Nature’s paintbrush

Nature’s paintbrush

By Robert A. Hedeen, Naturalist

In autumn, as if by magic, Mother Nature, perhaps in consort with Jack Frost, wields her magic paintbrush, and the leaves of deciduous trees begin to change from their greens to a riot of fiery hues.

Because of the large variety of hardwoods in this part of the Midwest, the richness and beauty of the fall foliage surpasses that of many other areas of the country.

Our sumacs are usually the first to display their fall colors, exhibiting magnificent shades of magenta and crimson. A short time later, the brilliant oranges and yellows of the hard maples make a spectacular appearance. The sassafras is not to be outdone, however, as its leaves offer sparkling shades of orange, red and yellow.

Perhaps the most intense of all fall yellows is shown by the ginkgo or maidenhair tree. Unfortunately, the imported ginkgo, a native of China, is rare in the Rock River Valley, and its colorful display lasts for only a few days.

Oaks, with their red, green, deep red, or brown, and the cherries with their deep purplish-red, and the shagbark hickory with its glistening display of yellow, represent a palette any artist would envy.

Contrary to popular belief, cold does not directly affect leaf color change, though a hard frost does serve to deepen leaf colors after they have appeared. The internal physiological workings of a leaf are affected by the gradual onset of cool weather, less light in the atmosphere, and drier climatic conditions that are characteristic omens that fall is advancing.

In preparation for winter, a band of cells called the abscission layer forms at the base of each leaf petiole, or stem, where it is attached to the twig. This layer contracts and restricts the flow of vital elements into and out of the leaf. Another band of cells, similar to scar tissue, forms beneath the abscission layer and serves to cover the wound when the leaf falls from the tree.

These layers of tissue serve to plug up the pipelines, or vascular system, of the tree, preventing moisture from flowing into the leaf. When the leaf’s water supply is cut off, the fundamental process of photosynthesis ceases until spring, and the changes in the color of the leaf begin. The leaf gradually dies and falls to the ground when photosynthesis stops.

Photosynthesis is an extremely complex biochemical process by which plants trap energy from the sun in the green pigment molecule named chlorophyll. The entrapped solar energy is used to produce carbohydrate and oxygen gas from the raw materials of carbon dioxide and water. The necessary energy for life animals acquire from eating plants, or from animals that have previously eaten plants, is originally derived from the sun and is passed on via the carbohydrate produced by photosynthesis.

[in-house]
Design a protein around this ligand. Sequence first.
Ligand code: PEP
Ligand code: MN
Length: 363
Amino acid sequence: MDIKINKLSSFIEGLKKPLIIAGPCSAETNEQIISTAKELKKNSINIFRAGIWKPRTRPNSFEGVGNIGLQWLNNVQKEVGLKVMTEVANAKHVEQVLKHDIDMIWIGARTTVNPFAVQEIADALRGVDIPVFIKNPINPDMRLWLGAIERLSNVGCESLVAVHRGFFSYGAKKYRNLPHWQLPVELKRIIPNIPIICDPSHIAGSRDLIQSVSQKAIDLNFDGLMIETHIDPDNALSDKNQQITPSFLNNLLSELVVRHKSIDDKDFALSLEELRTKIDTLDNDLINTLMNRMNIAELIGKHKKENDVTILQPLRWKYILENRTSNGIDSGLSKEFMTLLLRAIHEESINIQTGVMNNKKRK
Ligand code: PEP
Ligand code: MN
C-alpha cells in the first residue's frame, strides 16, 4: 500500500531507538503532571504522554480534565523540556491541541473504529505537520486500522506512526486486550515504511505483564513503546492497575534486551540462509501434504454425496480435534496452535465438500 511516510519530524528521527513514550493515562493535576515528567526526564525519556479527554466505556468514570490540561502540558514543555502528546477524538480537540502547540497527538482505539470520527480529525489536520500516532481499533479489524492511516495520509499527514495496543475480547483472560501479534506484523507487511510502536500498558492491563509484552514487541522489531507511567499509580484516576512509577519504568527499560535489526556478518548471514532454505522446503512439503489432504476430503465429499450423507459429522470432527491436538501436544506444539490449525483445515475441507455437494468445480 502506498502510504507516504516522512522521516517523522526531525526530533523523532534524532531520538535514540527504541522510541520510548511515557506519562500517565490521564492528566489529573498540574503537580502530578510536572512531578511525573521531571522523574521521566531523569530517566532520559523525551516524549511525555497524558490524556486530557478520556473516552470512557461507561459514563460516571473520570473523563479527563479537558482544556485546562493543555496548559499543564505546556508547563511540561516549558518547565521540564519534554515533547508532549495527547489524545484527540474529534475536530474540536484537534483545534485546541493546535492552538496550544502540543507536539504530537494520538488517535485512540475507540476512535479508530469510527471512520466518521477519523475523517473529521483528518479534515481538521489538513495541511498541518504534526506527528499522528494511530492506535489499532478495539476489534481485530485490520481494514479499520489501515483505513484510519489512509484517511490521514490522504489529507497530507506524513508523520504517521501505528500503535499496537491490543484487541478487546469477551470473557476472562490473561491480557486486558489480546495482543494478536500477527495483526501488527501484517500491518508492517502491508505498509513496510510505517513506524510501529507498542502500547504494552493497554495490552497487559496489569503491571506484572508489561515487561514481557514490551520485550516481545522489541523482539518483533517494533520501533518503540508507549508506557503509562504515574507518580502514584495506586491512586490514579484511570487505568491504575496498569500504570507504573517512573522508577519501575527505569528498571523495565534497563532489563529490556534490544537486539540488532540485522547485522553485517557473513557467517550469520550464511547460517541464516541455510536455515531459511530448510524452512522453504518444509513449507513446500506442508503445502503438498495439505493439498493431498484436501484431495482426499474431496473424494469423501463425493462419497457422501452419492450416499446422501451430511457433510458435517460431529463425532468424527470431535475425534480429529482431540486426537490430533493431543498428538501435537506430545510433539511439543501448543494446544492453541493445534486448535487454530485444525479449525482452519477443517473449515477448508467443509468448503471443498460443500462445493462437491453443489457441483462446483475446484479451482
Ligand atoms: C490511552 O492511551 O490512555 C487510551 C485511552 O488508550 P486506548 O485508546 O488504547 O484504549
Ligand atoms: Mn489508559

During the period of the year when the tree is actively engaged in this vital process, green chlorophyll is abundant in the cells of the leaf and masks the presence of other pigments that may be present: carotenes and xanthophylls responsible for the yellows and gold; anthocyanins, which show up as flaming reds and purples, and some others.

Brown pigments, known as tannins, give the sycamore and some oaks their rich brown color. When photosynthesis ceases in the fall, the green chlorophyll molecules break down, and the other pigments become visible.

The leaves of some trees are not particularly colorful in the fall, falling to the ground without changing color when the brittle abscission layer forms. These less beautiful leaves join the others whose colorful pigmentation gradually fades until the forest floor or the backyard is carpeted with a thick brown layer.

The smell of burning leaves in the fall brings back happy memories of my childhood in north Texas, where everyone disposed of the leaves in their yards by burning. I now know that there are much better and more efficient ways of disposing of dead leaves that are not dangerous to the health of our respiratory systems, but I can remember with nostalgia the distinctive smell that was the harbinger of fall and the winter to come.

When young children ask why green leaves change color in the fall, such things as chlorophyll dissociation, abscission layers, and Xanthophylls are difficult to explain. The fairy tale of Mother Nature instructing Jack Frost to mix his colors and dart about the countryside dabbing his brush here and there will be better received, and does an adequate job of explaining nature’s changing seasons to inquiring toddlers. The perplexing details of plant physiology can be discussed when a child is better able to understand them.

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